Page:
High valuations and burn rates for retailers is leading to a slowdown in funding as well as cost cutting by online retailers, remarked Satish Meena, Forecast Analyst at Forrester Research.
Snapdeal’s retrenchment can also be a clear-cut example of how regulations or reforms brought in by a Government can have direct impact on the businesses and their strategies. Several existing players in India are looking at overhauling their strategies and approaches.
The current employee layoff declared by Snapdeal need not necessarily hint that it has lost appetite for risk. Sure, the company must be seeing systematic approaches to scale in a meaningful way. Again, we need to wait and watch.
Online retail is a long term play. Against the backdrop of ever rising innovations, customers demand a state of constant improvements. Efficiency comes with clear insights. Winners are those who understand what is needed in this customer-centric and digital-oriented set up. The following are the key factors that winners of this space have considered so far;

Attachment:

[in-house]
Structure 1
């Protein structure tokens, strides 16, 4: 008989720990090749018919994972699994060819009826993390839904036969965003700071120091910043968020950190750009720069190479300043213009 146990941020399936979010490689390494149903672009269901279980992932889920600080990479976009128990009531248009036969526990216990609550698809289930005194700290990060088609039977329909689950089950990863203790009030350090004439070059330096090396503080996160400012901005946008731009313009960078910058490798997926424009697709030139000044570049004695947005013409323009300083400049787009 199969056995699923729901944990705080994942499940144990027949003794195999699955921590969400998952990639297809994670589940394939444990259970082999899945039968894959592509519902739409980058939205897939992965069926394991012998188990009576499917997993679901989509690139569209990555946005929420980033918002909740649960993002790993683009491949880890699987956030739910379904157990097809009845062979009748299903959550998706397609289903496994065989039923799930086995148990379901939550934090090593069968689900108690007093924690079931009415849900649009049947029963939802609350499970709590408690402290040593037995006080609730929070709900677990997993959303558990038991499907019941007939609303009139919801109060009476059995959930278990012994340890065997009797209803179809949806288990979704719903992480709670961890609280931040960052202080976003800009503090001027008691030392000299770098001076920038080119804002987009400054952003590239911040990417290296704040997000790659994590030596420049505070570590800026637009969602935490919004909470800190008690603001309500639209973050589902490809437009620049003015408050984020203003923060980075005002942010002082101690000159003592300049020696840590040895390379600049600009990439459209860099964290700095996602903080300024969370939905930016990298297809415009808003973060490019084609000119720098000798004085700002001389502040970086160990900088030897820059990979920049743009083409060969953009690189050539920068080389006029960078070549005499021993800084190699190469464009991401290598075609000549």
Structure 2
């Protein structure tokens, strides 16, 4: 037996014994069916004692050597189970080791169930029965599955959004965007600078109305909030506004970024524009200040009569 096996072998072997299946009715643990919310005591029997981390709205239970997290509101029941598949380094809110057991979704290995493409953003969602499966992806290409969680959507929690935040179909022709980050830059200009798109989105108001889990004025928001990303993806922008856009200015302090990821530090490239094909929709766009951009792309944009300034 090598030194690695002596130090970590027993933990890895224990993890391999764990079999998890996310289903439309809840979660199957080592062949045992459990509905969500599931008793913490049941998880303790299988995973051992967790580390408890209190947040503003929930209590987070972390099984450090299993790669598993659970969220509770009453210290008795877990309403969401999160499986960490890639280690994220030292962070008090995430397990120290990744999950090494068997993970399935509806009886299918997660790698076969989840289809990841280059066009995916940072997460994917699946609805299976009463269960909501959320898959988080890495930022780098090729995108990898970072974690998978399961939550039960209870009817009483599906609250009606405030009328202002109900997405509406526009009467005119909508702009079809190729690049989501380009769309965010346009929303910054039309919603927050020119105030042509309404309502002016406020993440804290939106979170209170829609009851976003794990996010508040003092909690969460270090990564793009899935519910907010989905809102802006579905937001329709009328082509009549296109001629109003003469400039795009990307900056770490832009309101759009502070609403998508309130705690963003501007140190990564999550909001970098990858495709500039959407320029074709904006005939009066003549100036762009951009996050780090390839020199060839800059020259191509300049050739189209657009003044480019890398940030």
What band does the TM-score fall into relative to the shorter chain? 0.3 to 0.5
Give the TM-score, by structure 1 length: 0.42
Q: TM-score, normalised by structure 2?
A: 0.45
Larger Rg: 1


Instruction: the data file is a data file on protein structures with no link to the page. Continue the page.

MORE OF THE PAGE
- Deliver seamless shopping experience
- Understand and Personalize
- Adopt marketing strategies that work well with the customers
- Leverage technological innovations
- Understand regulatory framework
- Be ready to transform existing business model
By embodying the above mentioned tips, retailers can easily manage the complexity associated with this business. Overall, the basic fabric is timing. Creating signature moments can only help the players win the hearts, mind, wallets of customers. The rest, there is nothing called “Zero defects.” Whether it is dramatic breakthroughs or mediocre improvements, businesses should have an urge to out-compete and should be willing to play the game in a refined and re-imagined way always.
This post is part of our contributor series. It is written and published independently of TNW.